Charles Kerr Release dateJanuary 18, 1935 (1935-01-18) (US) WriterMilton Krims (screen play), John Twist (screen play), Arthur T. Horman (adaptation), Wanda Tuchock (story) DirectorsJohn S. Robertson, Charles Kerr ScreenplayJohn Twist, Milton Krims, Arthur Caesar, Wanda Tuchock Story byArthur T. Horman, Wanda Tuchock CastMay Robson (Laura Bayles), Fred MacMurray (Sandy), Mary Carlisle (Gerry Killaine), Alan Hale (Click Dade), Etienne Girardot (Mellis), Ben Alexander (Tom Miller) Similar moviesOne Mans Journey (1933), Little Women (1933), Manhattan Melodrama (1934), Crossed Swords (1954), The FBI Story (1959)
Grand Old Girl is a 1935 American drama film directed by John Robertson from a screenplay by Milton Krims, John Twist, Arthur T. Horman, adapted from a story by Wanda Tuchock. The film stars May Robson, Mary Carlisle, Fred MacMurray, and Alan Hale, other cast members included Ben Alexander.
Laura Bayles has been a devoted educator for 38 years. Over that time she has risen to become the principal of Avondale High School. When a local petty gambler, "Click" Dade, begins to prey on her students, she takes a leading position in an attempt to force the gambling location to close down. Dade had been one of her former pupils. Her efforts are opposed by two local politicians, Holland and Joseph Killaine. Holland is a small time political boss, while Killaine is the superintendent of schools. So Bayles decides to fight fire with fire. With a stake of $250, and a pair of Dade's own loaded dice, she wins enough money to open a club to compete with Dade's, taking away his business. However, after an incident in which Killaine's daughter, Gerry, causes a fight at Bayles' club, causing the club's closure. Killaine then presses his advantage, demanding that Bayles also resign as principal, which will make her ineligible for a pension, being two years short of retirement.
Upon hearing of her fate, Gerry goes to Bayles to apologize for her actions, and their end result. An apology which Bayles accepts. Meanwhile, Dade has contacted another one of Bayles' former pupils, Gavin Gordon, who has risen to become President of the United States. Gordon is on a tour of the country and is in the area of his old hometown. After Dade also apologizes to Bayles, the President arrives at the school and delivers a sentimental speech extolling the virtues of the education profession, motherhood, and Mrs. Bayles. Her job is saved.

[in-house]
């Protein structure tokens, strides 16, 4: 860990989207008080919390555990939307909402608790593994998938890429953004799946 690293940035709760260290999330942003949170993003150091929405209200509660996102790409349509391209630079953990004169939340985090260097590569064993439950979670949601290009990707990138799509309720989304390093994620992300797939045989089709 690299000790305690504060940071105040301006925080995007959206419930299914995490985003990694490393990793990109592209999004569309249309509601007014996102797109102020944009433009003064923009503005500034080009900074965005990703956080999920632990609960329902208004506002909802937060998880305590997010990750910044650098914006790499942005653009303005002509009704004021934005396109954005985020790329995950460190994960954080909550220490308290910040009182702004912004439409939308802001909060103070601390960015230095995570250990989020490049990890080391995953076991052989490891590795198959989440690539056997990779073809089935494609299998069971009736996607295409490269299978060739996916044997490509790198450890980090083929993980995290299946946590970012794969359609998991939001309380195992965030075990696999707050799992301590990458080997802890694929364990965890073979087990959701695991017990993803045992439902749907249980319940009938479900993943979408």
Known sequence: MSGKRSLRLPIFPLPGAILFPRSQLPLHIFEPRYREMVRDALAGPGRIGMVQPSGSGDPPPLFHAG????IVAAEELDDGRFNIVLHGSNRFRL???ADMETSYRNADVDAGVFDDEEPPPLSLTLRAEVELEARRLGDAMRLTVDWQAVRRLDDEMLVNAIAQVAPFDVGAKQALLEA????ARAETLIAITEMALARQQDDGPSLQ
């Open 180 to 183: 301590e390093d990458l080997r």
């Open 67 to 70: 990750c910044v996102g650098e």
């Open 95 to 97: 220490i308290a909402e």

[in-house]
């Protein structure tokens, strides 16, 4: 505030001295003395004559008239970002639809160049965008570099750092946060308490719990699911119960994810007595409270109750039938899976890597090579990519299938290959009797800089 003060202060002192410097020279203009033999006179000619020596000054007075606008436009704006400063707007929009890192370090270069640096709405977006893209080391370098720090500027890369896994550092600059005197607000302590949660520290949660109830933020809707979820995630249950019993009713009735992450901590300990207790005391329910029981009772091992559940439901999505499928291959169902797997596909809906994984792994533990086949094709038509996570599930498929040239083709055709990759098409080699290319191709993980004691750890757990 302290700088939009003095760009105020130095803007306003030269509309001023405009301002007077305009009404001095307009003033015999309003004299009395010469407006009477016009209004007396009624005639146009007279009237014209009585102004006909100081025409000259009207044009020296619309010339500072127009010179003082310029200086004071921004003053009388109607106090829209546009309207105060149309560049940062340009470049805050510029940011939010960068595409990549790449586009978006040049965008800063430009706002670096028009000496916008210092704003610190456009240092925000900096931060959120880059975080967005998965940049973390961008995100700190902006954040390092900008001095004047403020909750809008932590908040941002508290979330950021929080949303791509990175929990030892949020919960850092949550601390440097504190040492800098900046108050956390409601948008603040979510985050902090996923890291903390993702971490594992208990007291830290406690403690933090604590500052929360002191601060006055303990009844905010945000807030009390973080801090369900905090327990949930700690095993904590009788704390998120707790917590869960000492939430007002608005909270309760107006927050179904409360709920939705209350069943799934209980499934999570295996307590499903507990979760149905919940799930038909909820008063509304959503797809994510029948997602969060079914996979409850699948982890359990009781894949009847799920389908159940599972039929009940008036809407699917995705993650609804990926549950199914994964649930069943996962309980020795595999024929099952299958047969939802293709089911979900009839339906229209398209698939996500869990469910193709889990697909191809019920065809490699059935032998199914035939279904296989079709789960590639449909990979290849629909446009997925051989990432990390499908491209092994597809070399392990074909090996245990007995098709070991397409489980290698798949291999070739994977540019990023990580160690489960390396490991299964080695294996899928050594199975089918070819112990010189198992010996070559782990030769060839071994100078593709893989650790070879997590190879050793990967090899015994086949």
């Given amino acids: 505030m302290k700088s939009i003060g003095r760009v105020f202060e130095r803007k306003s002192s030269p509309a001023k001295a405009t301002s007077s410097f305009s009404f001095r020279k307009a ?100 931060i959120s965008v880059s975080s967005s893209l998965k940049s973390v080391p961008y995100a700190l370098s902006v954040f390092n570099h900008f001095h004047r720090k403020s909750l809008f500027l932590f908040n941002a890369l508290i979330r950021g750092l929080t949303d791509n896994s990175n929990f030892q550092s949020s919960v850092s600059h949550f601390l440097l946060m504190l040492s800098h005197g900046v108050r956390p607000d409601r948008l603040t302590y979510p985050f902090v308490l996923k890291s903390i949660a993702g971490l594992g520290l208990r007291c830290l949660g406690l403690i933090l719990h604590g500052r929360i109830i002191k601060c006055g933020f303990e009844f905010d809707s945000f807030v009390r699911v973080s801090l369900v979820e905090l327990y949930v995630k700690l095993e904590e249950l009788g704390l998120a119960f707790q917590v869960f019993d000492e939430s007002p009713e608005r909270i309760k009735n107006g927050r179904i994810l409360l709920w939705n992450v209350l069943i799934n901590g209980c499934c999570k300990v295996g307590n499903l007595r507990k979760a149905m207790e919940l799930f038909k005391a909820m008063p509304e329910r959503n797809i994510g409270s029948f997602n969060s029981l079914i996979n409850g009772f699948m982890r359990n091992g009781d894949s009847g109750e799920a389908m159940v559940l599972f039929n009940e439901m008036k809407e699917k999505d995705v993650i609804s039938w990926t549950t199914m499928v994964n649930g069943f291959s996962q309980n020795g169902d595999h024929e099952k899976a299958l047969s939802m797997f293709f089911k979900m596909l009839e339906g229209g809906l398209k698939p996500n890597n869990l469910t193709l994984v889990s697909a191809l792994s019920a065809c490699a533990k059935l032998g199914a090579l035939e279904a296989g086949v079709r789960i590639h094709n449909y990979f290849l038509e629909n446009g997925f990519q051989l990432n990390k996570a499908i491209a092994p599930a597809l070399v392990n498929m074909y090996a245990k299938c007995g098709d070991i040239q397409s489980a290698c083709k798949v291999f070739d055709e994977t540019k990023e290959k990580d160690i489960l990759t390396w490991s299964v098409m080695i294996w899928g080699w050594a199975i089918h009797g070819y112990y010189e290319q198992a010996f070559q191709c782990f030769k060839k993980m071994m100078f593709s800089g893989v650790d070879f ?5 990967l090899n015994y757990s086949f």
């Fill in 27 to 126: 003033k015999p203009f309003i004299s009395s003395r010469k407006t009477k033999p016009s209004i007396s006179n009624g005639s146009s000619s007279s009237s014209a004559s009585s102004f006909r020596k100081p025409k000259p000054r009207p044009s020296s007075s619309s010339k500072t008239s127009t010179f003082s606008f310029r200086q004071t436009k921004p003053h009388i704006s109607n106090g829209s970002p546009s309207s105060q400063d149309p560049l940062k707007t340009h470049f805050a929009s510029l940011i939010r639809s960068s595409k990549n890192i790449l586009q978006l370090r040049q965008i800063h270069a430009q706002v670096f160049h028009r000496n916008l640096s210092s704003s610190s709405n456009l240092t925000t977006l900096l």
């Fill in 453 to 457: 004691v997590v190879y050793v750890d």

May Robson - Laura Bayles
Mary Carlisle - Gerry Killaine
Fred MacMurray - Sandy
Alan Hale - Click Dade
Etienne Girardot - Mellis
William Burress - Butts
Hale Hamilton - Killaine
Edward Van Sloan - Holland
Fred Kohler Jr. - Bill Belden
Onest Conley - Neptune
RKO announced in September 1934 that the start of production was imminent for Portrait of Laura Bayles, which was one of the working titles for this film. It was reported in early October that the film was in production for RKO, and by the end of the month it had finished production and was in the process of being edited. In the middle of November, it was revealed that the title of the picture had been changed to Grand Old Girl.
By the end of 1934, the release date of the film was announced to be January 18. Early in February 1935 the general release date for the film was revealed as February 22, and would open at the Astor Theatre.
In March, the film was part of a four-picture deal sold to the Gaumont British circuit for distribution in the United Kingdom. The other three pictures included in the deal were the Katharine Hepburn vehicle, The Little Minister, Red Morning, featuring Steffi Duna, and Romance in Manhattan, starring Francis Lederer and Ginger Rogers.
The Film Daily felt the film was worth watching, calling it a "Neat little human interest story", they rated the cinematography A-1, and said the direction was first rate. May Robson, they said, had found her "ideal role". Motion Picture Daily also enjoyed the film, extolling the expert direction of John Robertson, felt Robson's performance was outstanding. They felt Andriot's photography was good, and enjoyed the performances of Hale, Girardot, and Gordon. Overall, they felt the film was "entertainment for the entire family."